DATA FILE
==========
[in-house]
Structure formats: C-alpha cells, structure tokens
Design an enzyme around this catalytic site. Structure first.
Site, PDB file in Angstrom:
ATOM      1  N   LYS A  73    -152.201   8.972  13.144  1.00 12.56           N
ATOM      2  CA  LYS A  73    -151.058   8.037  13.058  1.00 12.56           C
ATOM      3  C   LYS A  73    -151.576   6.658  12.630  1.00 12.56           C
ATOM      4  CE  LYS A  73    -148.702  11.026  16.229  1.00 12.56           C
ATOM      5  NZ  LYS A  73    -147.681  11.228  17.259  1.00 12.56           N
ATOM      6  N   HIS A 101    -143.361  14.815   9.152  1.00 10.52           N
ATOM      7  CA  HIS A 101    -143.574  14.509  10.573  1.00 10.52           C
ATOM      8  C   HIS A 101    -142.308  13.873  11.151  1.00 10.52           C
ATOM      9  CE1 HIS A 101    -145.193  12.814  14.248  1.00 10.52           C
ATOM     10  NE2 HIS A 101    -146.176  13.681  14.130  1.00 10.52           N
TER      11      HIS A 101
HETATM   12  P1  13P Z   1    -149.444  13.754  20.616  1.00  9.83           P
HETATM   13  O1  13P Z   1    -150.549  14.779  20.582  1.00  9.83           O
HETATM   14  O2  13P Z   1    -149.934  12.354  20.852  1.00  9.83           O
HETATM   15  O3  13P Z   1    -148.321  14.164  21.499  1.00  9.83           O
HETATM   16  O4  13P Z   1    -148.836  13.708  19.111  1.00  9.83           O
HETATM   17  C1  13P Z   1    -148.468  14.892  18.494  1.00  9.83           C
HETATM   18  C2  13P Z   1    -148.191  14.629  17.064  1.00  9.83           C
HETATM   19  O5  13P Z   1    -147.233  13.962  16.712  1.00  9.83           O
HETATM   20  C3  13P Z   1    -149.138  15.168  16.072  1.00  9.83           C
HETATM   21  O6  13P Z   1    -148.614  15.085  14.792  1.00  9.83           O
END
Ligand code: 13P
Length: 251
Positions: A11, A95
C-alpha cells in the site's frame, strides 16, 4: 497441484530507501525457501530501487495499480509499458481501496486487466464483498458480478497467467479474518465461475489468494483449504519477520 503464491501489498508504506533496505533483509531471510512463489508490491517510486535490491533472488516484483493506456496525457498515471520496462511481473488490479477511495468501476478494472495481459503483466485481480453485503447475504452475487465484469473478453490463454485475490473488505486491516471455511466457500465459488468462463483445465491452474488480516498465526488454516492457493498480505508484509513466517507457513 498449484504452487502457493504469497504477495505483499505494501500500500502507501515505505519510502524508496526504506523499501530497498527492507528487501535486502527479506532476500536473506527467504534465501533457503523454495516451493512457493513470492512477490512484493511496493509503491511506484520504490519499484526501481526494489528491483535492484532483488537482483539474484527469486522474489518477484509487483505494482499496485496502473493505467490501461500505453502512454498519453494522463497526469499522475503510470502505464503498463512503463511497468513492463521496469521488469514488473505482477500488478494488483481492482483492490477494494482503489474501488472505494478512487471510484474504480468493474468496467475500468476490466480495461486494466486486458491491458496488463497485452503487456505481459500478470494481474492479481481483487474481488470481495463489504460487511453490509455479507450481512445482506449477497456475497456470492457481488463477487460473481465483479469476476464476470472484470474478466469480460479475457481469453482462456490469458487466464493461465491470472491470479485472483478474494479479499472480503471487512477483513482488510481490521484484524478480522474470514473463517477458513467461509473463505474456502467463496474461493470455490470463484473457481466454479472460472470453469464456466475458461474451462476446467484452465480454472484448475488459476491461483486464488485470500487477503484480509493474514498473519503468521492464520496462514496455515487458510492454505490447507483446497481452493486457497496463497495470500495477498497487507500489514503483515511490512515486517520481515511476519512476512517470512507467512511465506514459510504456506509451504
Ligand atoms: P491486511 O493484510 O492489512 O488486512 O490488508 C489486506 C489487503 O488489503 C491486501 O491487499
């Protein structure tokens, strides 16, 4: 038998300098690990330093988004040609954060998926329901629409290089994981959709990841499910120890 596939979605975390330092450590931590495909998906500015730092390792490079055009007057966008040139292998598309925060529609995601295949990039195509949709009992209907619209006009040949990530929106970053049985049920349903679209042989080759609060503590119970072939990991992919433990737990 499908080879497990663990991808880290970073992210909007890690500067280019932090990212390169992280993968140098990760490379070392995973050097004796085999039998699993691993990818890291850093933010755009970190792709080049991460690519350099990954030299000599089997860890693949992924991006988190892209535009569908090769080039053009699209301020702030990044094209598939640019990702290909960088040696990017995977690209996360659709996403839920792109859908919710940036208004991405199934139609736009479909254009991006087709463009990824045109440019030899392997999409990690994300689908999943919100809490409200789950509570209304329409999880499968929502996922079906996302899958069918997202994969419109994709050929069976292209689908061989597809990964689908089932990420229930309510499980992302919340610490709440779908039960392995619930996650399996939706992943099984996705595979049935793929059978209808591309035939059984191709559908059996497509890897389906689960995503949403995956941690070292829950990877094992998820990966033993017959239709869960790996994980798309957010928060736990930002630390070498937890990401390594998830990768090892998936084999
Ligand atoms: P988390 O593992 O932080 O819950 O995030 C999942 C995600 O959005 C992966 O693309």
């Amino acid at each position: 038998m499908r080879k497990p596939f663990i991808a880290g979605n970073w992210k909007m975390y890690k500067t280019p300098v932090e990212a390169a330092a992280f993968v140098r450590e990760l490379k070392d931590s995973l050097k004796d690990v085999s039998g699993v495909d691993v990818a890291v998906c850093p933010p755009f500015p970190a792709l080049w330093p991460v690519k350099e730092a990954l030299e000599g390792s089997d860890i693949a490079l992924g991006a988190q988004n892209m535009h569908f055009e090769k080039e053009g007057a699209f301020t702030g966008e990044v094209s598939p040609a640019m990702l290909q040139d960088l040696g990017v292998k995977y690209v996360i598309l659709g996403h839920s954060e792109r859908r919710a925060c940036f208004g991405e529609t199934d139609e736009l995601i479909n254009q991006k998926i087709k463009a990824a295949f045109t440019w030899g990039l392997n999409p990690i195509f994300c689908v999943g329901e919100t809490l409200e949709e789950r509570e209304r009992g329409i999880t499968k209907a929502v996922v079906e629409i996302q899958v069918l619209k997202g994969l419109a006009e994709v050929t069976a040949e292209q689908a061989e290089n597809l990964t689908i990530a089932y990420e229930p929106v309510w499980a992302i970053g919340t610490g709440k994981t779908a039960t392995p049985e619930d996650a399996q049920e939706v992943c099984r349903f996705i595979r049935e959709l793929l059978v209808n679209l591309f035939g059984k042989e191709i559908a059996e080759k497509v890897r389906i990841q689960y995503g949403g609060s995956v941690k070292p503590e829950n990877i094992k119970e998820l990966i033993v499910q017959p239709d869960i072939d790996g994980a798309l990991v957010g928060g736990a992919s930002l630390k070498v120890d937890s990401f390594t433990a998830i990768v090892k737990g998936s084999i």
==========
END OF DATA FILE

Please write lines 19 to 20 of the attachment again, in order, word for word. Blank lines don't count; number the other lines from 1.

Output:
HETATM   15  O3  13P Z   1    -148.321  14.164  21.499  1.00  9.83           O
HETATM   16  O4  13P Z   1    -148.836  13.708  19.111  1.00  9.83           O